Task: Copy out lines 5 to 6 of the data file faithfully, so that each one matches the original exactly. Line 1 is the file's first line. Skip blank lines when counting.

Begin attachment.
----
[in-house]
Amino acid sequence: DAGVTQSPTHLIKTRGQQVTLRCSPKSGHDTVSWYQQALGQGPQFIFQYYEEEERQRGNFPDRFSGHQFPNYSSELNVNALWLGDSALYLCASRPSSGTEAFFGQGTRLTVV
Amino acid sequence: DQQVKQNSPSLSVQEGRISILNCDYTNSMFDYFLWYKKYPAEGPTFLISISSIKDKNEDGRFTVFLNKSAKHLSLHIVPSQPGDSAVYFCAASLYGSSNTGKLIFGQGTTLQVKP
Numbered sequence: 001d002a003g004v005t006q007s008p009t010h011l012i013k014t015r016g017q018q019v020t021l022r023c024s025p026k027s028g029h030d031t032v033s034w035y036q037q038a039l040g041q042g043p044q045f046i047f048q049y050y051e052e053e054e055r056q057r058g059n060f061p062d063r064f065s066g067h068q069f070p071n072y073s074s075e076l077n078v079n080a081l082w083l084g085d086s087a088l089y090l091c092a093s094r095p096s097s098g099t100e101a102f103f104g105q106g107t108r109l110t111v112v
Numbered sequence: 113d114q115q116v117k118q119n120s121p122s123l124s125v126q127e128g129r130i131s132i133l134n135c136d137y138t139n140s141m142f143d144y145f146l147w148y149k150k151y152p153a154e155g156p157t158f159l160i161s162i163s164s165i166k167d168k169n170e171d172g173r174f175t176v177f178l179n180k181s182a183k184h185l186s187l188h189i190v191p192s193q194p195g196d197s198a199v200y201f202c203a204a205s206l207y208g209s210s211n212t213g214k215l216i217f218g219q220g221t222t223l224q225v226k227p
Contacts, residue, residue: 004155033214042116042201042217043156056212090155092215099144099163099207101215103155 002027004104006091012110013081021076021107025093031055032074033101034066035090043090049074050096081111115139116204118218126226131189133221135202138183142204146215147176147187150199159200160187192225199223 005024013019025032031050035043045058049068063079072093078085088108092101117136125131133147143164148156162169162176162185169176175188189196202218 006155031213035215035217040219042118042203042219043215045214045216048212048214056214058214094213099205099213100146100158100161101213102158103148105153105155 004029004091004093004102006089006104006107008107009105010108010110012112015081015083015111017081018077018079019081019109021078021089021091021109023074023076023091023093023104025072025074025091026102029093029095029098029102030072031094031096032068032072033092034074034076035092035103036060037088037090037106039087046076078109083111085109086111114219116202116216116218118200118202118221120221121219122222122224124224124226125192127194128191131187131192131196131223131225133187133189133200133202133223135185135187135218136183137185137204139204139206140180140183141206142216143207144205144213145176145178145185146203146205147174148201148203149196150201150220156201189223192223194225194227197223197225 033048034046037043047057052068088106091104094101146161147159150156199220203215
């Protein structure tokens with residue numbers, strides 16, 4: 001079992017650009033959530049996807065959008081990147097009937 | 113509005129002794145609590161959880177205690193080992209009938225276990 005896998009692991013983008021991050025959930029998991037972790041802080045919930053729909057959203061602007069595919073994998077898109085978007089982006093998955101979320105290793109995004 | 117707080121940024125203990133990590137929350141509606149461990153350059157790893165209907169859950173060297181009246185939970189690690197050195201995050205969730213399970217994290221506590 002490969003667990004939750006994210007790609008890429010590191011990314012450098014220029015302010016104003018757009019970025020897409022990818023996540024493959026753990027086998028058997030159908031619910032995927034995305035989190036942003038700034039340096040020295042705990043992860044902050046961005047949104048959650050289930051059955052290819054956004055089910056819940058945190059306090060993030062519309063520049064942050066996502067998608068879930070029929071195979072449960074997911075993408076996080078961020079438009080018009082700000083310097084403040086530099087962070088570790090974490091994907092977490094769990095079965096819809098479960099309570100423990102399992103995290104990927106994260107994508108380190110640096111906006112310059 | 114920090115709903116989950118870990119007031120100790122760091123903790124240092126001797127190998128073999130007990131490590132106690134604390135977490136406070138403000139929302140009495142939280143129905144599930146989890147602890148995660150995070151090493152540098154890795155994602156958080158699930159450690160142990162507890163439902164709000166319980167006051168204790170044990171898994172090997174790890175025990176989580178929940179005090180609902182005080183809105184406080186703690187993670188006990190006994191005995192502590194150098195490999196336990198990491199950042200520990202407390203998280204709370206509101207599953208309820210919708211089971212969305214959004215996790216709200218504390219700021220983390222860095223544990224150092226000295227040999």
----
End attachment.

Numbered sequence: 113d114q115q116v117k118q119n120s121p122s123l124s125v126q127e128g129r130i131s132i133l134n135c136d137y138t139n140s141m142f143d144y145f146l147w148y149k150k151y152p153a154e155g156p157t158f159l160i161s162i163s164s165i166k167d168k169n170e171d172g173r174f175t176v177f178l179n180k181s182a183k184h185l186s187l188h189i190v191p192s193q194p195g196d197s198a199v200y201f202c203a204a205s206l207y208g209s210s211n212t213g214k215l216i217f218g219q220g221t222t223l224q225v226k227p
Contacts, residue, residue: 004155033214042116042201042217043156056212090155092215099144099163099207101215103155 002027004104006091012110013081021076021107025093031055032074033101034066035090043090049074050096081111115139116204118218126226131189133221135202138183142204146215147176147187150199159200160187192225199223 005024013019025032031050035043045058049068063079072093078085088108092101117136125131133147143164148156162169162176162185169176175188189196202218 006155031213035215035217040219042118042203042219043215045214045216048212048214056214058214094213099205099213100146100158100161101213102158103148105153105155 004029004091004093004102006089006104006107008107009105010108010110012112015081015083015111017081018077018079019081019109021078021089021091021109023074023076023091023093023104025072025074025091026102029093029095029098029102030072031094031096032068032072033092034074034076035092035103036060037088037090037106039087046076078109083111085109086111114219116202116216116218118200118202118221120221121219122222122224124224124226125192127194128191131187131192131196131223131225133187133189133200133202133223135185135187135218136183137185137204139204139206140180140183141206142216143207144205144213145176145178145185146203146205147174148201148203149196150201150220156201189223192223194225194227197223197225 033048034046037043047057052068088106091104094101146161147159150156199220203215